"Scream, squeak, whistle!": how recreation for children with autism is organized in Kherson region
On June 18, the world celebrates Autistic Pride Day. We tell the story of a family that created a special place in Ukraine where children with autism spectrum disorders and their parents can relax and take part in special training, and they’ve done it twice. Why and how? Find out in the Rubryka article.
With the beginning of summer in the village of Prymorske (former Bilshovyk) in the Kherson region, dozens of boarding houses and recreation centers open their doors to holidaymakers. But, among them, there's a place with a special atmosphere: a small boarding house with the simple name "At Haidai's." For the third year in a row, families with children who've been diagnosed with autism spectrum disorders—ASD—come here for vacation.
"Your child has autism" — when parents hear these words from doctors, their lives take a sharp turn and change forever. Natalia Haidai's life also changed. She's a mother of two, a banking specialist, and was a Kharkiv resident at the time.
There's nothing wrong with the diagnosis itself, you can live with it. Of course, many have to leave work because a child with autism requires extra care and cannot stay home alone. But in general, a child with autism is just a child. They, like other children, need understanding, attention, and love. Besides, the main task of parents is to decide on the child's further education and development, help develop the potential to the maximum and provide comfortable conditions that wouldn't irritate the sensitive psyche of the child. Summer vacation is another problem faced by parents of children diagnosed with ASD.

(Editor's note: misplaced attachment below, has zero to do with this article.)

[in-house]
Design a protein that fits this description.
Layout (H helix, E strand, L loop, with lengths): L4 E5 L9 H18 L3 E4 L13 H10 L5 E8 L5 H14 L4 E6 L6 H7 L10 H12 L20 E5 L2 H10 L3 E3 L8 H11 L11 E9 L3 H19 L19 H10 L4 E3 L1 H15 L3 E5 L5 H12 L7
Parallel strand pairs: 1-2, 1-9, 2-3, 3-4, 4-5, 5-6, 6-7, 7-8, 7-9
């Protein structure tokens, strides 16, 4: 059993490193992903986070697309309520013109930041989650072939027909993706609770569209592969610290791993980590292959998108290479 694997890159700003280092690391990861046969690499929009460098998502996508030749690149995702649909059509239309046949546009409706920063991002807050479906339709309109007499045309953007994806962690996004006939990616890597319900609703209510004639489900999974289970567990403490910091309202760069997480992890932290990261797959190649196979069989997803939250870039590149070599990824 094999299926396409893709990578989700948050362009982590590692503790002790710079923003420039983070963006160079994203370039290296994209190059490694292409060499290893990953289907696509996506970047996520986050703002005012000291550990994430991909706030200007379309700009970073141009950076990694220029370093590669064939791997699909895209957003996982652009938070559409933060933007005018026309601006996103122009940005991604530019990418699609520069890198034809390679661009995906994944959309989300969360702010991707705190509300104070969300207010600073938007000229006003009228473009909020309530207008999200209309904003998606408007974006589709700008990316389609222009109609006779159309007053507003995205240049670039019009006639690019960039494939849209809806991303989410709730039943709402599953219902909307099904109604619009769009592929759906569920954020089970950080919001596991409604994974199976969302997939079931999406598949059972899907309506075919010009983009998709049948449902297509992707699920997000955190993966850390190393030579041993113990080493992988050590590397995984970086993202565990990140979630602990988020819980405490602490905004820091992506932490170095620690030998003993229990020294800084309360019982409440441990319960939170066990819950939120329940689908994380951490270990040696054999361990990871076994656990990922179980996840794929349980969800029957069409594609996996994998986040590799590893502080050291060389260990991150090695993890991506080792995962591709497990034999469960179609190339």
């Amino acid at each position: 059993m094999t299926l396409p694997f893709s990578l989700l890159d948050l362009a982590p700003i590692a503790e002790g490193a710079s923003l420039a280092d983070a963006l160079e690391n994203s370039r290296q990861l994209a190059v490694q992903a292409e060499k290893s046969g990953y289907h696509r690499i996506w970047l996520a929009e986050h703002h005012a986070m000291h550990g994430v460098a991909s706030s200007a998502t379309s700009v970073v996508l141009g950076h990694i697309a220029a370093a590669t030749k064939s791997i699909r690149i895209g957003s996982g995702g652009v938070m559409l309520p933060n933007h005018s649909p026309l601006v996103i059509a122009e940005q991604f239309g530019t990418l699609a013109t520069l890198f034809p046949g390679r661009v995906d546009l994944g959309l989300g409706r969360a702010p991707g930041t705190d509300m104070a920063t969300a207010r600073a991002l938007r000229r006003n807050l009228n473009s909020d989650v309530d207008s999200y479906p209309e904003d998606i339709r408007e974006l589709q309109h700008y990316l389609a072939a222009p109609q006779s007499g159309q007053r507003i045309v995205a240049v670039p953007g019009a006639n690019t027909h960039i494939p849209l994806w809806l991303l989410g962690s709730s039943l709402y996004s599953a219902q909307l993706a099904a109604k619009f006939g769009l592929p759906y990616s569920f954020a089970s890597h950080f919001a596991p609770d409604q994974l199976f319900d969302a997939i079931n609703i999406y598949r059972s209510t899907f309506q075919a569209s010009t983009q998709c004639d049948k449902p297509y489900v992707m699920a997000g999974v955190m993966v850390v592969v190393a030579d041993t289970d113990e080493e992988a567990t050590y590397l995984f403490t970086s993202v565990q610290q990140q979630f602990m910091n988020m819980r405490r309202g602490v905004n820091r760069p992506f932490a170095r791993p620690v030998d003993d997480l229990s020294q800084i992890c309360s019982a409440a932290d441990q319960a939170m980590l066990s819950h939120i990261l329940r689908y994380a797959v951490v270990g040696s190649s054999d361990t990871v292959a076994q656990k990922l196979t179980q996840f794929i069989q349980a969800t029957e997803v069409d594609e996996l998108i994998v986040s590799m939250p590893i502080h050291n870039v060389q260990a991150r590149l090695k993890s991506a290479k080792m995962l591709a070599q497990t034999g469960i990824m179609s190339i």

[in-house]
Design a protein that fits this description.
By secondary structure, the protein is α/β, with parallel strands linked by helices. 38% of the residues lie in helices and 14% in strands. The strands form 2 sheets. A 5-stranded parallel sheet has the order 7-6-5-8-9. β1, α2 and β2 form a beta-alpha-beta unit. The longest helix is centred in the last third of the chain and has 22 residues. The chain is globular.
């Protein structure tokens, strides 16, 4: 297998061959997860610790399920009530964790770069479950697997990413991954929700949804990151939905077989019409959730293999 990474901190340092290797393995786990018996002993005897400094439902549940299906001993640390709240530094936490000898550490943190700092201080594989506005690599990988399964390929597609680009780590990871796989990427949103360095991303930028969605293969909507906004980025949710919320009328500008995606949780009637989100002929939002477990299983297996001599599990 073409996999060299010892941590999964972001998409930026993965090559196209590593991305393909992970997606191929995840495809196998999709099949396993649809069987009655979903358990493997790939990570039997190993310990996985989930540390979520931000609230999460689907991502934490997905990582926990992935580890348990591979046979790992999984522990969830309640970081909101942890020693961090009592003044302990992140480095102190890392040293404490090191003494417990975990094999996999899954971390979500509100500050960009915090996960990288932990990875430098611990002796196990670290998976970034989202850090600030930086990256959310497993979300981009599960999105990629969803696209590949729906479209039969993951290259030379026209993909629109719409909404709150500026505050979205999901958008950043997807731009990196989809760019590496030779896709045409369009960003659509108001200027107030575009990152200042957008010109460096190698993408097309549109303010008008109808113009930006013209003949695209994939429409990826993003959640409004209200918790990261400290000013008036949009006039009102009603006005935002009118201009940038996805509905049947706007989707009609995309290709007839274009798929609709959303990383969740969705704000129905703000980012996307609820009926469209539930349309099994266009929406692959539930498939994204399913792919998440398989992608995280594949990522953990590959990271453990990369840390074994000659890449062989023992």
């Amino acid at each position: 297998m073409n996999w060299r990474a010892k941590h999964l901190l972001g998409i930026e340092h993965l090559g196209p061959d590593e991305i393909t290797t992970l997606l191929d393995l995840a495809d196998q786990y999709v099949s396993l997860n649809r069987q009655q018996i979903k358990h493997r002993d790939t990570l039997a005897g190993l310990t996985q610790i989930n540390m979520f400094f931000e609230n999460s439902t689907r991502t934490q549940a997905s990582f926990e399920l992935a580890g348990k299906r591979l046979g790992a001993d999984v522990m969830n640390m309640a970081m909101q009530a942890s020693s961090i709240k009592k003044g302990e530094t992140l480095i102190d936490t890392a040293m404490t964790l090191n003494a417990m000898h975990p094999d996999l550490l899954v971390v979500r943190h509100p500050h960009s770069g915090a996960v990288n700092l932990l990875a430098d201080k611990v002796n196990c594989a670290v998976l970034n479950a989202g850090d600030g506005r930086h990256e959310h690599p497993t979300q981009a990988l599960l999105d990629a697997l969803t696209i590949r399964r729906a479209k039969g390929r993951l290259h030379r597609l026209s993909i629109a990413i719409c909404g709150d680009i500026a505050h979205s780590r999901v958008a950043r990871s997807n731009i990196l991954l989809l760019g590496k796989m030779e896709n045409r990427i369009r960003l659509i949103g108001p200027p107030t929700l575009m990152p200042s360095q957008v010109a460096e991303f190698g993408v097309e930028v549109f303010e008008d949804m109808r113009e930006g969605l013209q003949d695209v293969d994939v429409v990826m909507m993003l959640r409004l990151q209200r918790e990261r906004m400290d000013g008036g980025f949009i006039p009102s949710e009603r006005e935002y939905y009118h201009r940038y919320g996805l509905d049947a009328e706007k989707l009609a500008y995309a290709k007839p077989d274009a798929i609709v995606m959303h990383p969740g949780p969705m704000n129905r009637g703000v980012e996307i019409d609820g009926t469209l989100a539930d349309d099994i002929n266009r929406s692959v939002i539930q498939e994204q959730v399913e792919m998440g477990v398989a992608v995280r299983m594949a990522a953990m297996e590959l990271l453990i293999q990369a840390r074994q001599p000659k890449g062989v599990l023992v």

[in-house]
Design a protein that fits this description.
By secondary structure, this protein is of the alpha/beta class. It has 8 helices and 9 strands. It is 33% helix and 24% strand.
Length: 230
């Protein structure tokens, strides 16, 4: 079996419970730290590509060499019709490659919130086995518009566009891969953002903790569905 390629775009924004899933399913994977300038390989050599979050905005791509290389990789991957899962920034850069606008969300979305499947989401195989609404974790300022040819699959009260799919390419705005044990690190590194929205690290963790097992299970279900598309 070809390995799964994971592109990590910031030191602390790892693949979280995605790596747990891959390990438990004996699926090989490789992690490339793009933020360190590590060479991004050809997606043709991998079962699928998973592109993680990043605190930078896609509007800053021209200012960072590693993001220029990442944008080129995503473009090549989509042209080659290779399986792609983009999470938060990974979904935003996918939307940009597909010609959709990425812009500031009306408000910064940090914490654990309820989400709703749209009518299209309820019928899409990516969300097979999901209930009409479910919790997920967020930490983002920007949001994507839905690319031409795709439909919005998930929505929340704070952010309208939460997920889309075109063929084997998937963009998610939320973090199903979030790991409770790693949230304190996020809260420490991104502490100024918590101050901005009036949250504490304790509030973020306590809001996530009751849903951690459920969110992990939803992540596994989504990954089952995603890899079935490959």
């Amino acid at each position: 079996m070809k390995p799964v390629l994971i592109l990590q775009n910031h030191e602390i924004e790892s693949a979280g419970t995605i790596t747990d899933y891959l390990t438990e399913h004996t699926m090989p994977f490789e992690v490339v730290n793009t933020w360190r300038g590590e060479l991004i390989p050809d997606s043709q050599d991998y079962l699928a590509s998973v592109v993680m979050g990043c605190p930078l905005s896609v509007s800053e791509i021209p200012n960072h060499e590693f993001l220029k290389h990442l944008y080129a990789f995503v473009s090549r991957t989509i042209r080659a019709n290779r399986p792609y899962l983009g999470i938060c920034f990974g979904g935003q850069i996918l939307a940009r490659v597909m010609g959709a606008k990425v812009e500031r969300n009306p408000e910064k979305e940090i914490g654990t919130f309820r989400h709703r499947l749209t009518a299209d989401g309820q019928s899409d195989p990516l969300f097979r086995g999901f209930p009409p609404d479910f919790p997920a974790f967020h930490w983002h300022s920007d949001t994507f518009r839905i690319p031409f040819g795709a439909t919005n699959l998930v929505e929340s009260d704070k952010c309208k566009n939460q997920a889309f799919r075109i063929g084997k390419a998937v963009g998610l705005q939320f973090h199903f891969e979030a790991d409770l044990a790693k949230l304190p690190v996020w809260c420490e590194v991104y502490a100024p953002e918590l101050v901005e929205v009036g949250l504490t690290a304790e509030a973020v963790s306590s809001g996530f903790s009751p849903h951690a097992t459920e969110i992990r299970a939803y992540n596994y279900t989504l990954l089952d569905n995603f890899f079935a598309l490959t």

"We naively hoped that everything would somehow settle down and come back to normal." The beginning of the path
"When our daughter Masha was diagnosed with autism," says Natalia Haidai," the question arose about her rehabilitation. My husband and I had the idea to leave the metropolis with its hustle and bustle and settle by the sea, where there's peace, nature, clean air, and dolphins." Having made the decision, Natalia and Valentin Haidai resigned from the prestigious firm, sold the Kharkiv apartment, and with this money, moved to Crimea, to Koktebel.
"At one of the workshops for children with autism, we met a team of Kyiv psychologists who've been working successfully with families with children with autism for a long time and helped them develop," Natalia recalls. "We invited them to Koktebel, and we spent 7 intensive courses together in three years: 4 summer ones and 3 winter ones. It was a full firework display of projects, creativity, new friends, and like-minded people. We met more than 300 families raising children with autism, from all over Ukraine and, at that time, still seemingly friendly Russia. We learned to interact with such children, discovered new talents in ourselves and our children. In class, everyone sculpted, drew, and generated new ideas. It was then when we realized that autism was not about loneliness. Children with autism need to communicate no less, but often, even more than neurotypical children."
After the annexation of Crimea, the family was faced with the question of how to live further. "We naively hoped that everything would somehow settle down and come back to normal. We tried to conduct intensive courses on our own, looking for specialists and like-minded people. We learned to conduct classes ourselves and created a space, directed performances and looked for horses for hippotherapy. Interesting people and well-known specialists in sensory integration, floor-time, ABA therapists, neuropsychologists, specialists in Tomatis therapy, and psychotherapy came to us. Of course, we got new and interesting experiences, but at some point, we realized that nothing would be the same."